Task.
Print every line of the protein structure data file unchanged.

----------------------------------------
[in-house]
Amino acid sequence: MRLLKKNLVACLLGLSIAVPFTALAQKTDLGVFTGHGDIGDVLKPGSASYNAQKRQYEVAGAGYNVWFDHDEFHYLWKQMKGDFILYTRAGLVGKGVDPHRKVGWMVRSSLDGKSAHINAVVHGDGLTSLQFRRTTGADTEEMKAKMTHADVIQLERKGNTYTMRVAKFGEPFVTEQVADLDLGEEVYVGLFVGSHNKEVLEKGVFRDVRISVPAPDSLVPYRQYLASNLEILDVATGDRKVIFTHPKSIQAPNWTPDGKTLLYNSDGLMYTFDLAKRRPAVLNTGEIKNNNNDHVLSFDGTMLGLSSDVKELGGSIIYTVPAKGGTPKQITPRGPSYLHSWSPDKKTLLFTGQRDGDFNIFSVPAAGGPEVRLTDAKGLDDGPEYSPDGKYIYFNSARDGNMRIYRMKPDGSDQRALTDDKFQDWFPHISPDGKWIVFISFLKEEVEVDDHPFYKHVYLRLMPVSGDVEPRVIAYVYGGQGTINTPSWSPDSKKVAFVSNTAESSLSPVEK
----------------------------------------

[in-house]
Amino acid sequence: MRLLKKNLVACLLGLSIAVPFTALAQKTDLGVFTGHGDIGDVLKPGSASYNAQKRQYEVAGAGYNVWFDHDEFHYLWKQMKGDFILYTRAGLVGKGVDPHRKVGWMVRSSLDGKSAHINAVVHGDGLTSLQFRRTTGADTEEMKAKMTHADVIQLERKGNTYTMRVAKFGEPFVTEQVADLDLGEEVYVGLFVGSHNKEVLEKGVFRDVRISVPAPDSLVPYRQYLASNLEILDVATGDRKVIFTHPKSIQAPNWTPDGKTLLYNSDGLMYTFDLAKRRPAVLNTGEIKNNNNDHVLSFDGTMLGLSSDVKELGGSIIYTVPAKGGTPKQITPRGPSYLHSWSPDKKTLLFTGQRDGDFNIFSVPAAGGPEVRLTDAKGLDDGPEYSPDGKYIYFNSARDGNMRIYRMKPDGSDQRALTDDKFQDWFPHISPDGKWIVFISFLKEEVEVDDHPFYKHVYLRLMPVSGDVEPRVIAYVYGGQGTINTPSWSPDSKKVAFVSNTAESSLSPVEK